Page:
The Lost Cause

Published by TOR.

3 stars (5 reviews)

It’s thirty years from now. We’re making progress, mitigating climate change, slowly but surely. But what about all the angry old people who can’t let go?

For young Americans a generation from now, climate change isn't controversial. It's just an overwhelming fact of life. And so are the great efforts to contain and mitigate it. Entire cities are being moved inland from the rising seas. Vast clean-energy projects are springing up everywhere. Disaster relief, the mitigation of floods and superstorms, has become a skill for which tens of millions of people are trained every year. The effort is global. It employs everyone who wants to work. Even when national politics oscillates back to right-wing leaders, the momentum is too great; these vast programs cannot be stopped in their tracks.

But there are still those Americans, mostly elderly, who cling to their red baseball caps, their grievances, their huge vehicles, their …

1 edition

Gets more interesting in the last third

4 stars

As usual, a lot of interesting ideas as he writes yet another recipe for escaping from the current global crisis that rampant kleptocracy and corporate welfare have created.

It starts quite slowly though and I was not really feeling the main character until somewhere into the middle of the book Even then I was hating his puppy-dog adoration of this girl he has a crush on so much for at least 2/3rds of the book, but thankfully he finally starts to seem a little more cohesive as a character towards the end.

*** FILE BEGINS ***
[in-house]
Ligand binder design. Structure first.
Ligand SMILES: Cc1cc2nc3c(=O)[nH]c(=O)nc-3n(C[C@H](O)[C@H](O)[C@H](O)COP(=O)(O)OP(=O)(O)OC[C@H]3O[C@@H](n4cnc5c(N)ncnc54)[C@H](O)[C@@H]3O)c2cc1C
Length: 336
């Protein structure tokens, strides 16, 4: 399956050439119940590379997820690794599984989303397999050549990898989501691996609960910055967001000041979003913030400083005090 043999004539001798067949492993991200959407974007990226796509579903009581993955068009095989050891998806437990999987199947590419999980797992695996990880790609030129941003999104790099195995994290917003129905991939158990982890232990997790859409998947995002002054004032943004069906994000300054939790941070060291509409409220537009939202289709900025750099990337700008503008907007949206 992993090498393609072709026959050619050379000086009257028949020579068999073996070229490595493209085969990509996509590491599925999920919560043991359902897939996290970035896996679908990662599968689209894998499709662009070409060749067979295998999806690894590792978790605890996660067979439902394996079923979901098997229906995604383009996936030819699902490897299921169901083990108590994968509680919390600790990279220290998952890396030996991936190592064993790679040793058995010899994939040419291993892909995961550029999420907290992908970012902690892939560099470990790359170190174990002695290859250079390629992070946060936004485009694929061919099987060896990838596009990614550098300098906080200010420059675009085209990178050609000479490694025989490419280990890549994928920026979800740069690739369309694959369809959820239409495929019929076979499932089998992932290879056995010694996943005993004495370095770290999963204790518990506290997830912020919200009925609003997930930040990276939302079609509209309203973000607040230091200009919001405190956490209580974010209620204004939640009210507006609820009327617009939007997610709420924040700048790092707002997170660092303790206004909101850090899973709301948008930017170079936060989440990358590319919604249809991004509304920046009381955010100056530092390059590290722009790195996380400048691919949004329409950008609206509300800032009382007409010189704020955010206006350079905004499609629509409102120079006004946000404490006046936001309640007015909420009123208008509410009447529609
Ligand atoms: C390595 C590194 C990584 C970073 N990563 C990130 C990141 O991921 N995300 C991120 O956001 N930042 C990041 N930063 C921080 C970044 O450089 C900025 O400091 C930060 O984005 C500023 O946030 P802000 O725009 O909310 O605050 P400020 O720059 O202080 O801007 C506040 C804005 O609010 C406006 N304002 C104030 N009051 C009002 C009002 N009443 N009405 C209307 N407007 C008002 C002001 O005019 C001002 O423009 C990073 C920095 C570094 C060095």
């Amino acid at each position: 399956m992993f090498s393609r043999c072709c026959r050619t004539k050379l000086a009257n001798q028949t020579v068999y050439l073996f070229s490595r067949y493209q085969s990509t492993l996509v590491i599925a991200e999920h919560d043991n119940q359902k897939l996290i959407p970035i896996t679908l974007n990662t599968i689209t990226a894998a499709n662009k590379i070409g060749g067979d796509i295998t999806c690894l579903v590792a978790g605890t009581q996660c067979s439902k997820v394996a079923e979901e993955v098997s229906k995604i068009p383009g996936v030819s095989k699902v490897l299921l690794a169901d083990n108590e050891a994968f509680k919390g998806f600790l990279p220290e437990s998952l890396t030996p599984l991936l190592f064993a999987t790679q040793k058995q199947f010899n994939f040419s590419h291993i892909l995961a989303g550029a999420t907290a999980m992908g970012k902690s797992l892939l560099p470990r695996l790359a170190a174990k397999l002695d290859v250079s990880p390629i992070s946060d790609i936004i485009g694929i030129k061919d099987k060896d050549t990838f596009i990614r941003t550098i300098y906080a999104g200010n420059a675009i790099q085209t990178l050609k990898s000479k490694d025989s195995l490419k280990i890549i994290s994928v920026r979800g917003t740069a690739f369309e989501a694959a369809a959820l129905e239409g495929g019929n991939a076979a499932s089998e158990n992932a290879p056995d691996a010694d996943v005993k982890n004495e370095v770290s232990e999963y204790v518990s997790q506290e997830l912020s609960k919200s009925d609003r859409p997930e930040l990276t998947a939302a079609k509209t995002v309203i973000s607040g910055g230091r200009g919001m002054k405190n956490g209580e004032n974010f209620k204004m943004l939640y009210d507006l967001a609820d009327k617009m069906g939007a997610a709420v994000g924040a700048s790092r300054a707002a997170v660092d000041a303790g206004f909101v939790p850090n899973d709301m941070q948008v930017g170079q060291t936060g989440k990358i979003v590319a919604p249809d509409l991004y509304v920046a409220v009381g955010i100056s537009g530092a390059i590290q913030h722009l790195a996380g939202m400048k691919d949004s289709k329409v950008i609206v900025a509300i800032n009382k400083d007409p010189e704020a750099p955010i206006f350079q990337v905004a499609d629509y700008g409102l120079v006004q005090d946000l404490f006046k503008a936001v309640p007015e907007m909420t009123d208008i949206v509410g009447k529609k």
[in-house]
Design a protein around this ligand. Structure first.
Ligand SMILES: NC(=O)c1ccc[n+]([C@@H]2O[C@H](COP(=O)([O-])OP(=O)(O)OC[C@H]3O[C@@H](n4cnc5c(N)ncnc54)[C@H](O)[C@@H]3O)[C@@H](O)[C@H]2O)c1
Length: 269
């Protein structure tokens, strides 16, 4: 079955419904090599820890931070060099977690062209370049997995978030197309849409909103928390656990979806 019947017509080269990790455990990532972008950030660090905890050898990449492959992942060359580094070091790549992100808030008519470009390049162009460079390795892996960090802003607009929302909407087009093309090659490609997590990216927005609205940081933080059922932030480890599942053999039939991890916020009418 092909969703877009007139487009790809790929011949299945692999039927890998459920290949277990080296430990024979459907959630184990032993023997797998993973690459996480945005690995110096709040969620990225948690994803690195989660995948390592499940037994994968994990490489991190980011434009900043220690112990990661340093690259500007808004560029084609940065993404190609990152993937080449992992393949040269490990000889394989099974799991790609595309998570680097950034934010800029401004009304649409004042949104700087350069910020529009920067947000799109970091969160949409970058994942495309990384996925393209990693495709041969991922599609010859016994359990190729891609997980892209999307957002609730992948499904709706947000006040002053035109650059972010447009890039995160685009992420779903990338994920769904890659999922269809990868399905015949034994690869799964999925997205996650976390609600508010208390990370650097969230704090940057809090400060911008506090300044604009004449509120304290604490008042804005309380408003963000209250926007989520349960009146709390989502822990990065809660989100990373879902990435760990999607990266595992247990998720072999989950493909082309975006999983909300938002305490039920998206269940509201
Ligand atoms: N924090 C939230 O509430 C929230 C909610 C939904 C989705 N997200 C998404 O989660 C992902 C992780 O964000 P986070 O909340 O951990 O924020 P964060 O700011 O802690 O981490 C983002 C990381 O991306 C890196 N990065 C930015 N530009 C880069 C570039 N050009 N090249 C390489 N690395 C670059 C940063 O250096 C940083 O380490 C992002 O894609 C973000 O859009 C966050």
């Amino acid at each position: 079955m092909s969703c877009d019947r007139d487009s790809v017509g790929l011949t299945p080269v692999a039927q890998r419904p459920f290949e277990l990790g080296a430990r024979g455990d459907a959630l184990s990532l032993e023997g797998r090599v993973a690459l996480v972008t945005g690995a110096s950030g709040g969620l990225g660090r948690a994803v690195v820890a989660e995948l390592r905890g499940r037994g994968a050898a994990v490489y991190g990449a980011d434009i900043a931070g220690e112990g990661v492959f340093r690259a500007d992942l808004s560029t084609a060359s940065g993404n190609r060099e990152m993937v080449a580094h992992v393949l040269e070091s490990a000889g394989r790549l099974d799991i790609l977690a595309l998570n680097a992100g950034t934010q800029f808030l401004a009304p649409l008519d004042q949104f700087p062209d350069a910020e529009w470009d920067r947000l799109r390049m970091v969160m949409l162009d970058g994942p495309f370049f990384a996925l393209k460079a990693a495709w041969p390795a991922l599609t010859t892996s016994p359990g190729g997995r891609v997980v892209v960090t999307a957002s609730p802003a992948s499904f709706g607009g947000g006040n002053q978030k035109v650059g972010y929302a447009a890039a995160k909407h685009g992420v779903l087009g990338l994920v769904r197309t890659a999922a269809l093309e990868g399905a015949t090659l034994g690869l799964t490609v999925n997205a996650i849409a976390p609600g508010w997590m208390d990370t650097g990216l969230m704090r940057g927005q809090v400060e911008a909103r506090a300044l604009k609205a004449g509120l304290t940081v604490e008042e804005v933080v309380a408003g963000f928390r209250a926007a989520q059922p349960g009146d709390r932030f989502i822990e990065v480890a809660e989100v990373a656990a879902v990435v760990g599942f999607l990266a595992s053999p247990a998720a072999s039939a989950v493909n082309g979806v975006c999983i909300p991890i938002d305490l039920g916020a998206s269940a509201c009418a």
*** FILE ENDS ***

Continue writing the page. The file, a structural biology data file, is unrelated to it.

But still worth the read and the final third definitely started to pull it together and make me care not only about the characters but about the attack they managed to do against the various tactics stages by the “plutocracy”.

Highly relevant socio-political fiction

4 stars

(em português: )

"The Lost Cause" (2023), by Cory Doctorow, is a climate fiction set 30 years in the future. It's not hard to see why it went straight to bestseller lists. The story basically extrapolates the current rift in the US between Trumpists and society to the imminence of something close to a civil war, with a focus on the climate emergency.

It could also be described as Green New Deal fiction, about the (non-fictional) proposal for a massive government investment that, while mitigating the catastrophic consequences of climate change and creating resilience, generates jobs and new technologies.

The setting is the city of Burbank (Los Angeles). Decades after the program began, society is still adapting to the ruined environment but, for the first time, there is hope for a real chance that civilization will recover.

Right-wing extremists have hardened, especially in the face of the waves of …

Sadly this is not sci fi

4 stars

This books world is basically what I imagine the near future to be like. So it’s a bit depressing but sprinkled with tons of hope.

Loved every page of it. The last star missing is basically the sometimes preachy tone of explanation how the world ended up like it did in the book.

avatar for joeyh

rated it

3 stars